Your organization may have recently implemented a disk backup product, leading to a decrease in tape media usage. Or, your vault service provider may have lost or misplaced some of your backup tape volumes at some point. The growing media attention given to data security or unauthorized access may have you concerned as to how secure your backup tapes are. Whatever the reason, the thought of eschewing vault service providers to handle offsite media storage in-house has crossed the mind of many administrators (and, in fact, many small organizations have done so already).
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Some types of tape media are more susceptible than other types to shock or impact. With half-inch-wide tape now offering over 700 tracks, proper media packaging and handling becomes important. Simply throwing some tapes in a box in the back of the car is not the preferred approach. Tapes should be protected from shock and transported (and stored) on edge rather than flat.
Sudden temperature changes can also be very damaging to tapes and cause data loss. Media should always be allowed to become acclimatized before is it used.
Long-term storage is probably the most damaging to magnetic media if conditions are not monitored and maintained at an optimal level. Temperature, relative humidity (RH), airborne contaminants and sources of magnetic fields can all cause media deterioration over time. All tape manufactures publish recommended long-term storage specifications for their specific type of media and that documentation should be consulted to ensure optimal environmental conditions are met. However, in general, the following guidelines apply to long-term tape storage:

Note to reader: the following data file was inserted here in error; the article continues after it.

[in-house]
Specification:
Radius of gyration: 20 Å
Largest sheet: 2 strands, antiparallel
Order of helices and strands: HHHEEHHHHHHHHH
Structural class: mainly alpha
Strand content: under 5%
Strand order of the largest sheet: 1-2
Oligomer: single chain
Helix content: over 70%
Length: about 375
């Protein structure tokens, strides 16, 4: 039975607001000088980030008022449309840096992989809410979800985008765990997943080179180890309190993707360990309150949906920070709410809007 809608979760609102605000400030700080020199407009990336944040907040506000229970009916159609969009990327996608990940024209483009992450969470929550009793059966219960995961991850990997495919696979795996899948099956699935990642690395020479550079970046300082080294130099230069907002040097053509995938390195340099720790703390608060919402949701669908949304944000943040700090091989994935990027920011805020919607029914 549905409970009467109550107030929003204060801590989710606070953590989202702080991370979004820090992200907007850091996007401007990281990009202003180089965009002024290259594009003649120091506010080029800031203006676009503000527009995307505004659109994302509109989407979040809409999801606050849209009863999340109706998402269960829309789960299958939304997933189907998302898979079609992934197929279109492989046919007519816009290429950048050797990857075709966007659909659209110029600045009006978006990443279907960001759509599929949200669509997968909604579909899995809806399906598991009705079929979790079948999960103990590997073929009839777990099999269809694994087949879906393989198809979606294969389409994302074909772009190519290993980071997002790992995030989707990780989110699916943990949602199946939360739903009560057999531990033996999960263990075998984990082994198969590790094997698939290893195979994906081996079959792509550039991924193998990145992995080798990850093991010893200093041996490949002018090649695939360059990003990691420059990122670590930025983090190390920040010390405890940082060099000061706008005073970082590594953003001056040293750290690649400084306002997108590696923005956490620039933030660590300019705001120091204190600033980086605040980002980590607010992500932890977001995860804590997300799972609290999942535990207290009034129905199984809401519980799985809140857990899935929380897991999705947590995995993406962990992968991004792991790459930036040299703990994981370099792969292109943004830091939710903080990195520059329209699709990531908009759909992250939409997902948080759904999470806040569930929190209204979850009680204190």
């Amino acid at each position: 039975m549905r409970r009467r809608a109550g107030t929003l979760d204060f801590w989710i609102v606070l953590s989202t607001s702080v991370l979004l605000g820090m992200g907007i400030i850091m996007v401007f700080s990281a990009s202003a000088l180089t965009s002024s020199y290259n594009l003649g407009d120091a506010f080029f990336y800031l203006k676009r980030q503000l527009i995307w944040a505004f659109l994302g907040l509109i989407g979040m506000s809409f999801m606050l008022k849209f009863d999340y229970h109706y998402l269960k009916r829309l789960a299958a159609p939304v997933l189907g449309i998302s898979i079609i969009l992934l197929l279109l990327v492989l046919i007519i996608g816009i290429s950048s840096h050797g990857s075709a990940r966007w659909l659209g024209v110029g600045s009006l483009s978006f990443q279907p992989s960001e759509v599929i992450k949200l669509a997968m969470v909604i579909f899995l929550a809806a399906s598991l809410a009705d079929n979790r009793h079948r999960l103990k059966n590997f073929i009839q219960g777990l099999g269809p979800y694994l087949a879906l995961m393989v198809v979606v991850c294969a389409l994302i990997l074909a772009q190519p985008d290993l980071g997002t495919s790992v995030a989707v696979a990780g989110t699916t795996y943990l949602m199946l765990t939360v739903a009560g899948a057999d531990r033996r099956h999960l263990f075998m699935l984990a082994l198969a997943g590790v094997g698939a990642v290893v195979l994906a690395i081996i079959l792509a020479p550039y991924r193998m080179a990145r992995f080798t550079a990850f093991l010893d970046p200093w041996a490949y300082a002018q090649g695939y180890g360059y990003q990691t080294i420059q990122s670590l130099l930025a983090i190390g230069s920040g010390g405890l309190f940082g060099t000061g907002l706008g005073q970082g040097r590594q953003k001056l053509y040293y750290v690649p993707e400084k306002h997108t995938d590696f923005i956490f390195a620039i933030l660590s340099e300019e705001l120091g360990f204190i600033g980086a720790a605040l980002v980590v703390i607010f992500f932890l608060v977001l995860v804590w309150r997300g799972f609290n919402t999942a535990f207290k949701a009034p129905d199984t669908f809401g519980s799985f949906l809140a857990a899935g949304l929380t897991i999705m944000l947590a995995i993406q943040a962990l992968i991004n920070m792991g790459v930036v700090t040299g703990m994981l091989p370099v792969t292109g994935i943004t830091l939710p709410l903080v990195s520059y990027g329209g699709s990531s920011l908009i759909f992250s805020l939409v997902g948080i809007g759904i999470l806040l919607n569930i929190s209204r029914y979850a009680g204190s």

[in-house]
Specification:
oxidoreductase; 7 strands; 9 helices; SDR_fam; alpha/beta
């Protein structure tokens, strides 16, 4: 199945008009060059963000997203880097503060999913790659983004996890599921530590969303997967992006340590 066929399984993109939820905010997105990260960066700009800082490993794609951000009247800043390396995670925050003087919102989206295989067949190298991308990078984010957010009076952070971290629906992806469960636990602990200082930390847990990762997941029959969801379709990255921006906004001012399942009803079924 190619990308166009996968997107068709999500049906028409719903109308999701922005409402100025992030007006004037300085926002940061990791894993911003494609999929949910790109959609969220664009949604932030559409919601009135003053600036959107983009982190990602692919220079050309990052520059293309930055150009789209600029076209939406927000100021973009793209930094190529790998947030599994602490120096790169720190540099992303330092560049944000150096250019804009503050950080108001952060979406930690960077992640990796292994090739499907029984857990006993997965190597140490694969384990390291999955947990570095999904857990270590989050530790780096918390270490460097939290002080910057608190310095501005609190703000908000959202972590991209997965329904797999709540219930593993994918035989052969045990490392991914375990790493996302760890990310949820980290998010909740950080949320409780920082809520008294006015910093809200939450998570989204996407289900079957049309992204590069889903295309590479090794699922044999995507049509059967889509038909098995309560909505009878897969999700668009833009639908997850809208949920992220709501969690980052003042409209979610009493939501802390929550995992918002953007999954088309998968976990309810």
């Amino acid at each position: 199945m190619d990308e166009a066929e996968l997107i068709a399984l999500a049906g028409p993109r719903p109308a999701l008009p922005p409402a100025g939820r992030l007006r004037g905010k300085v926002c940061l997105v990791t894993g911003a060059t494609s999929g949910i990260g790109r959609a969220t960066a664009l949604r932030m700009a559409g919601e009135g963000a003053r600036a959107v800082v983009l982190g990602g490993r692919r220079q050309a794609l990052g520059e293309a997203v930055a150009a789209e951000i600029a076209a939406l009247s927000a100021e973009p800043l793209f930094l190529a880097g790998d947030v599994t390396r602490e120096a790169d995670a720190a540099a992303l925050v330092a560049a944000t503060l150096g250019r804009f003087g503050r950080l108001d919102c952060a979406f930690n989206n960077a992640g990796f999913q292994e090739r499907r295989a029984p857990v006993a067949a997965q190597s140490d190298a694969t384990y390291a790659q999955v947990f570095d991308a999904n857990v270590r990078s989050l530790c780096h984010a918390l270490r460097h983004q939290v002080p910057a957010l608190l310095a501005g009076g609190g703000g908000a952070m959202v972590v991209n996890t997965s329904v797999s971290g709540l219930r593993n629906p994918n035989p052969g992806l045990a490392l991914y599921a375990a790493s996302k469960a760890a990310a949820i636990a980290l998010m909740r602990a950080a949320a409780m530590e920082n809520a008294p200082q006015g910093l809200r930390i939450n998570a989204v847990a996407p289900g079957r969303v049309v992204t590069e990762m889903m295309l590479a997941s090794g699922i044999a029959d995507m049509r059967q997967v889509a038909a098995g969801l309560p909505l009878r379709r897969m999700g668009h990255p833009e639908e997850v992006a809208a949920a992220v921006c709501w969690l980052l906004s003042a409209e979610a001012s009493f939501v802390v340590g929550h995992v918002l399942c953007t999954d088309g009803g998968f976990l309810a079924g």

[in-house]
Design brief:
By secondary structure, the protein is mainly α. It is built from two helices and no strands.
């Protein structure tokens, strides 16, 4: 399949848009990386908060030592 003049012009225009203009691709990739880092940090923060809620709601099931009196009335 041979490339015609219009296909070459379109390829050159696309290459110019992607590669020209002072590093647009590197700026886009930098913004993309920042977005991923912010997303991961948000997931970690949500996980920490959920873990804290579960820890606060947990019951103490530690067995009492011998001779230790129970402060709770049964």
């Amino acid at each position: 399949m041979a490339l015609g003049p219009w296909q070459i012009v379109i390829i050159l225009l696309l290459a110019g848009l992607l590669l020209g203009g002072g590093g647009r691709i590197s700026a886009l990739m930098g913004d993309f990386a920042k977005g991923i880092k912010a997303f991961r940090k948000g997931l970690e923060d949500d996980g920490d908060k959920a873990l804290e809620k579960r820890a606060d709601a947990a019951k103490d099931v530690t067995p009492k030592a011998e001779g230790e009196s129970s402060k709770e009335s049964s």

- Many manufacturers recommend that long-term storage temperatures be kept under 70 Fahrenheit (21 C).
- High RH has been known to cause the media binder (what binds the metal particles to the tape) to chemically react on occasions. RH below 50% is usually preferred for long-term storage.
- Airborne contaminants such as dust or other particulates are definitely to be avoided. However, other less obvious contaminants can cause deterioration over time. Some of the ones commonly listed are chloride ions (i.e., in some cleaners), ozone, sulfides (i.e., from diesel fuel), chemicals used in photo processing, etc.
- Any significant source of magnetic fields is obviously to be avoided. It goes without saying that storing your collection of fridge magnets with your backup tapes is an all-around bad idea!
- Don't forget the obvious -- tape media should be protected from fire and water damage.
While most of today's enterprise backup products offer various degrees of media cataloging and inventory, the same cannot be said about media storage racks. It is imperative that your offsite storage location provides some sort of media inventory or tracking capability. This is especially important if you store a large number of tapes or share the storage facilities with tapes from other origins or operating platforms.
There is more to long-term tape media storage than simply stacking tapes on a shelf at the remote office and a safe distance away from the production data. Tapes stored under less than optimal environmental conditions can lead to data loss and potentially serious regulatory exposures. Unless your organization can provide an ideal environment for long-term storage, this responsibility is better left to specialized vault service providers.
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About the author: Pierre Dorion is a certified business continuity professional for Mainland Information Systems Inc.